Ixnay for Hollywood

Reading a male nitwit interviewing an actress in the Bagel Times reminded me of the manner of a slave while addressing his master. The nitwit writes that “whenever my turns of phrase or tossed-off hand gestures caught her fancy, she’d repeat and refine them, doing them better than I did myself.” Gee, a blonde actress refining the nitwit’s turn of phrase, that’s earth-shattering and really something to behold. An ass-kisser type, he’s perfect for the Bagel Times and for interviewing dumb blondes.

The Dr. James Dobson P... Dobson, James C. Best Price: $2.15 Buy New $15.00 (as of 12:14 UTC - Details) The nitwit describes the thespian as a warrior, a phrase that must have Achilles squirming in his grave. The “warrior” then enlightens us with a phrase that would have Papa Hemingway squirming with envy: “I feel most alive on a set when I can perfectly match an emotion to something technical and kind of become this blend between organic and machine.” Nurse, help! Are these people serious? I would feel most alive if the Bagel Times hired an editor who’d spike such crap, but then the Times wouldn’t be as phony, would it? It gets better when the “warrior” claims, “I want to be put in a situation where I would have no choice but to grow.” Gee, that’s an immortal line, this time it’s F. Scott Fitzgerald who is churning with envy in his grave.

“It’s all antisocial garbage and puerile idiocy.”

I could go on, like when “My analytical brain is firing in that way, I just feel alive and purposeful.” Actresses as well as actors are not known for original thought, probably because of the nature of their craft, interpretation. The nitwit interviewing Anya Taylor-Joy should have been less of an open-mouthed fan and more of an editor, but who cares? As I write, the humorless laughter trademark paroxysm of Kamala Harris reverberates as she uses the f-word in a speech in order to get her point across. “Kick the f—ing door down,” she extols. Harris makes Taylor-Joy sound like Demosthenes. Poor US of A, whatever happened to you to have such people as la Harris representing you? Whatever Happened to P... Richard J. Maybury Best Price: $20.61 Buy New $12.35 (as of 12:27 UTC - Details)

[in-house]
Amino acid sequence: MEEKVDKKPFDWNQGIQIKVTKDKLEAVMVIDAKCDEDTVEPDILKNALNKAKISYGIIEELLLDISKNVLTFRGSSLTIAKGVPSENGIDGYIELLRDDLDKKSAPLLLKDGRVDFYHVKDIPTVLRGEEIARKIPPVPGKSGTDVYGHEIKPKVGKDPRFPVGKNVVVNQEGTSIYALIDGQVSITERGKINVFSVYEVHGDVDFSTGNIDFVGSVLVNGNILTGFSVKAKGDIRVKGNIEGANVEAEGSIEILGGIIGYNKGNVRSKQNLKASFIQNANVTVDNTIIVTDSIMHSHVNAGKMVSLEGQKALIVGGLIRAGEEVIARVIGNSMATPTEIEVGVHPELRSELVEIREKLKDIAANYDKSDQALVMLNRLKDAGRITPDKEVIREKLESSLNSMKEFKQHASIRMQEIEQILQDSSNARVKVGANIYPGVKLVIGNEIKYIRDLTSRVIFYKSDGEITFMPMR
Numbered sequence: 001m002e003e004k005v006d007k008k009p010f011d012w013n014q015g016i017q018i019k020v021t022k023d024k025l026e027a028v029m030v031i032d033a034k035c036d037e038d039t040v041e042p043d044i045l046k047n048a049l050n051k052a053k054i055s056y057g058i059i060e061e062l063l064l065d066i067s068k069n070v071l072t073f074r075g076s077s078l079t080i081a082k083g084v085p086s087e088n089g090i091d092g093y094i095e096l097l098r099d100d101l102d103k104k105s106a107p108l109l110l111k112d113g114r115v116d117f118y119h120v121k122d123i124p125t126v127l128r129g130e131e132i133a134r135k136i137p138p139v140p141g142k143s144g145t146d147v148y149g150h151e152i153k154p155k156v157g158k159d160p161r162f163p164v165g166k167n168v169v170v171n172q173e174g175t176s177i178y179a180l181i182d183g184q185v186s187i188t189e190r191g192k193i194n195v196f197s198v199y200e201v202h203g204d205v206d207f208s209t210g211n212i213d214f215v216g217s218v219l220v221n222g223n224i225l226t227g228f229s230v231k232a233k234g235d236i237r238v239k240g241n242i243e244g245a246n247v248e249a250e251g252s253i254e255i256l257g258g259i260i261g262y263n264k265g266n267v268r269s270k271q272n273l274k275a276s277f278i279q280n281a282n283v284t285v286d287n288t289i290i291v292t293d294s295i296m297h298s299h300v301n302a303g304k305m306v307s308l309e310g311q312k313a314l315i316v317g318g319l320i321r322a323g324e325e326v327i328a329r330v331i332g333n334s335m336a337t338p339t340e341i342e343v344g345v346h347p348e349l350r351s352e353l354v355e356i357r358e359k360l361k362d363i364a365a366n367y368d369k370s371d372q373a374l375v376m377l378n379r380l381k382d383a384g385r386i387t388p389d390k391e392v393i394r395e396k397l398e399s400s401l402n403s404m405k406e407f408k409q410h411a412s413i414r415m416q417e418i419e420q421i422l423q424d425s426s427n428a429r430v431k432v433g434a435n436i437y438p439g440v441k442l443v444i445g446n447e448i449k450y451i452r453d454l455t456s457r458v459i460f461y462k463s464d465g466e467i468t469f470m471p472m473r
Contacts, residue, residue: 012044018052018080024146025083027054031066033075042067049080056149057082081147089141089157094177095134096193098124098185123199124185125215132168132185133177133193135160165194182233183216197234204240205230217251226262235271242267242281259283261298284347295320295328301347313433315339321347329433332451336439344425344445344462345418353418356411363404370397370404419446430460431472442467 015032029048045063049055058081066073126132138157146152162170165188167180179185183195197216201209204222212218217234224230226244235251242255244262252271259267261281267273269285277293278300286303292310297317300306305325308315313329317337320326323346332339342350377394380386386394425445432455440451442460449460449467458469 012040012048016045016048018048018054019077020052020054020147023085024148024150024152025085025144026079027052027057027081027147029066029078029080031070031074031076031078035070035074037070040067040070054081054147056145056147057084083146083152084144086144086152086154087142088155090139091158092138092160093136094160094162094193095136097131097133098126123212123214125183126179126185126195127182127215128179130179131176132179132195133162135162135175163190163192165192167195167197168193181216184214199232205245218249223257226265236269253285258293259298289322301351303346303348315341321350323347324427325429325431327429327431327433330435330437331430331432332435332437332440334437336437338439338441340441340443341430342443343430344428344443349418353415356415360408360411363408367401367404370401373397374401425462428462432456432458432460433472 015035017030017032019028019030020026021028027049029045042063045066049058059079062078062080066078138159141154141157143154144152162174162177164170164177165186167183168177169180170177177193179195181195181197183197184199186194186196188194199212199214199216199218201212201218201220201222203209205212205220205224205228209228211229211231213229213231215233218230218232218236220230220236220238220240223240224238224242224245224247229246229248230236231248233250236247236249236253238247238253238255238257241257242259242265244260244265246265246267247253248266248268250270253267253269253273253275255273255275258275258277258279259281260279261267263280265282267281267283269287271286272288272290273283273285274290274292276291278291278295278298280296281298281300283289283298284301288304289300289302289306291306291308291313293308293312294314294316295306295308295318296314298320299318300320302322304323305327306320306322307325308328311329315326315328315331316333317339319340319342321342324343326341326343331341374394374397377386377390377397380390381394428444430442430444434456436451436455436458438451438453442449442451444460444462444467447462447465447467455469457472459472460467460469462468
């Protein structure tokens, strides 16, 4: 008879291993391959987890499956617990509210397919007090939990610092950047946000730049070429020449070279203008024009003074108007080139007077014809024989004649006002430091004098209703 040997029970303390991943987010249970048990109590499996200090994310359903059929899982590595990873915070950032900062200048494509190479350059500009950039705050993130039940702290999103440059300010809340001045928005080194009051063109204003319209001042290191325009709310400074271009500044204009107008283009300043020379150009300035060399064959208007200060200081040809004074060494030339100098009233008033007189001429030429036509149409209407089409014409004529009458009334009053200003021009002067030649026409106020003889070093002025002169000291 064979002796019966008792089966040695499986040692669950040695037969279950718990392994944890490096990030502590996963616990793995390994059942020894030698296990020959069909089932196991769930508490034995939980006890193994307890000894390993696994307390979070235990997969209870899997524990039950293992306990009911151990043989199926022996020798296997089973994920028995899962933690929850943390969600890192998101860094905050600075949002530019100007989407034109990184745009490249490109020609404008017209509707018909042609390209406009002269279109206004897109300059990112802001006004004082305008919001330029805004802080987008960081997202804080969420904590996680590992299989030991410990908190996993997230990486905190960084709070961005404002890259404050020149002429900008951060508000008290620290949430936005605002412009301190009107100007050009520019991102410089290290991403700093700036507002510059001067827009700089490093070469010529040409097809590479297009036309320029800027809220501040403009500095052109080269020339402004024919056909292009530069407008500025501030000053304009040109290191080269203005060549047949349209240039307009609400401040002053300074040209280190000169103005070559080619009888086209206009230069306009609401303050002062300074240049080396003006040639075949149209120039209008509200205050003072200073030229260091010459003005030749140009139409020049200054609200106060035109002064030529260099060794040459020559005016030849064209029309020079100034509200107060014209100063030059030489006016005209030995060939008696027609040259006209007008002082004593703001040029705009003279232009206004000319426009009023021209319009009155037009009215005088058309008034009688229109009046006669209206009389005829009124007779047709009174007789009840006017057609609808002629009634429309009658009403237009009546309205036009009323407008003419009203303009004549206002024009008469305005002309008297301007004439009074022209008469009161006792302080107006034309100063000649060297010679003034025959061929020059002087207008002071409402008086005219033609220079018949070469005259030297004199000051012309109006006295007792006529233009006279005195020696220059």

This is an easy one to answer. American informality has turned into a crudeness and vulgarity contest by people who give the impression they never sat on chairs before. The whole culture has taken a deep dive, led by Hollywood and the dirt produced by the entertainment industry. It genuflects before celebrity and touts a phony “be kind” creed. A recent death in Paris of a man who hosted a TV show about books illustrates the difference. Books in France are the celebrities, and in a French universe, serious writers and intellectuals jostle ferociously for the public’s attention. Over here, numbskull celebrities jostle ferociously to get on TV and say incredibly stupid things on the air. Six million French watched the recently departed book host Bernard Pivot when he talked about books or interviewed writers. Over here I have no figures, but millions watch half-witted, inarticulate celebs being interviewed by self-abasement experts. The death of a book reviewer took up the front pages of even tabloid papers in the land of cheese, but over here it would have been covered mostly as an afterthought. Americans watch TV and commercials, hence they are overweight and unhappy. The French read books, pursue women, and pretend to look unhappy. There lies the difference.

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